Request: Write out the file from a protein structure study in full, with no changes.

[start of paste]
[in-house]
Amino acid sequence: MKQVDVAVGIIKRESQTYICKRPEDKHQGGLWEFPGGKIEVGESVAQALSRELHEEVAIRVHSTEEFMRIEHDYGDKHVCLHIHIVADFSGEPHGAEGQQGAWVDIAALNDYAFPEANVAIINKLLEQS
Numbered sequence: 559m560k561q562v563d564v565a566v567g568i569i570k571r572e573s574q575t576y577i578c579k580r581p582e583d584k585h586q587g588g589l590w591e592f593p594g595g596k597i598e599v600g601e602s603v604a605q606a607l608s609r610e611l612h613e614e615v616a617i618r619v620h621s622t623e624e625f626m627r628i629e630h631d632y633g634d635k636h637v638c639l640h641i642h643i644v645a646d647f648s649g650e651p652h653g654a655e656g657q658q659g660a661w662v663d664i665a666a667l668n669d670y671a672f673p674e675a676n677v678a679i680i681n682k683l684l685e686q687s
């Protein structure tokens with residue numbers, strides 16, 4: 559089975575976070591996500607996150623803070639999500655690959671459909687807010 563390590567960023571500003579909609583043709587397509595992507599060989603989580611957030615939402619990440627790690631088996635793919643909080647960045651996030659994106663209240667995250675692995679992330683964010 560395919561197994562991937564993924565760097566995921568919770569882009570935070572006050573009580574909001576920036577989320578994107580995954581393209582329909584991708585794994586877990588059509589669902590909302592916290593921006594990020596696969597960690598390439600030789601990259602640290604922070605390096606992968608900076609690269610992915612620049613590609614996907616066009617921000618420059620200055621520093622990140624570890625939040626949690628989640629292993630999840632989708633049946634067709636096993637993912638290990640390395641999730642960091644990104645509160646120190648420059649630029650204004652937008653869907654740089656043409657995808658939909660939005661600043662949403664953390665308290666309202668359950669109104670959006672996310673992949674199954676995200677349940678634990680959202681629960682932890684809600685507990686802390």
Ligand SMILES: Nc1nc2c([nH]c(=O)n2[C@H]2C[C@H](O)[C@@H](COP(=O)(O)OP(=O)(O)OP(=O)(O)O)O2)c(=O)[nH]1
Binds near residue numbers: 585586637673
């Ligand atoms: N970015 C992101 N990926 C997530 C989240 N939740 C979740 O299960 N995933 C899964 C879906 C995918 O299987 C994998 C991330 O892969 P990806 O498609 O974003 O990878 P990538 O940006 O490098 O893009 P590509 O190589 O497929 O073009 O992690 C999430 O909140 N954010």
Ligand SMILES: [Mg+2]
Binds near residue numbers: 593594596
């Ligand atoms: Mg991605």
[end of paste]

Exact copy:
[in-house]
Amino acid sequence: MKQVDVAVGIIKRESQTYICKRPEDKHQGGLWEFPGGKIEVGESVAQALSRELHEEVAIRVHSTEEFMRIEHDYGDKHVCLHIHIVADFSGEPHGAEGQQGAWVDIAALNDYAFPEANVAIINKLLEQS
Numbered sequence: 559m560k561q562v563d564v565a566v567g568i569i570k571r572e573s574q575t576y577i578c579k580r581p582e583d584k585h586q587g588g589l590w591e592f593p594g595g596k597i598e599v600g601e602s603v604a605q606a607l608s609r610e611l612h613e614e615v616a617i618r619v620h621s622t623e624e625f626m627r628i629e630h631d632y633g634d635k636h637v638c639l640h641i642h643i644v645a646d647f648s649g650e651p652h653g654a655e656g657q658q659g660a661w662v663d664i665a666a667l668n669d670y671a672f673p674e675a676n677v678a679i680i681n682k683l684l685e686q687s
């Protein structure tokens with residue numbers, strides 16, 4: 559089975575976070591996500607996150623803070639999500655690959671459909687807010 563390590567960023571500003579909609583043709587397509595992507599060989603989580611957030615939402619990440627790690631088996635793919643909080647960045651996030659994106663209240667995250675692995679992330683964010 560395919561197994562991937564993924565760097566995921568919770569882009570935070572006050573009580574909001576920036577989320578994107580995954581393209582329909584991708585794994586877990588059509589669902590909302592916290593921006594990020596696969597960690598390439600030789601990259602640290604922070605390096606992968608900076609690269610992915612620049613590609614996907616066009617921000618420059620200055621520093622990140624570890625939040626949690628989640629292993630999840632989708633049946634067709636096993637993912638290990640390395641999730642960091644990104645509160646120190648420059649630029650204004652937008653869907654740089656043409657995808658939909660939005661600043662949403664953390665308290666309202668359950669109104670959006672996310673992949674199954676995200677349940678634990680959202681629960682932890684809600685507990686802390």
Ligand SMILES: Nc1nc2c([nH]c(=O)n2[C@H]2C[C@H](O)[C@@H](COP(=O)(O)OP(=O)(O)OP(=O)(O)O)O2)c(=O)[nH]1
Binds near residue numbers: 585586637673
């Ligand atoms: N970015 C992101 N990926 C997530 C989240 N939740 C979740 O299960 N995933 C899964 C879906 C995918 O299987 C994998 C991330 O892969 P990806 O498609 O974003 O990878 P990538 O940006 O490098 O893009 P590509 O190589 O497929 O073009 O992690 C999430 O909140 N954010």
Ligand SMILES: [Mg+2]
Binds near residue numbers: 593594596
């Ligand atoms: Mg991605």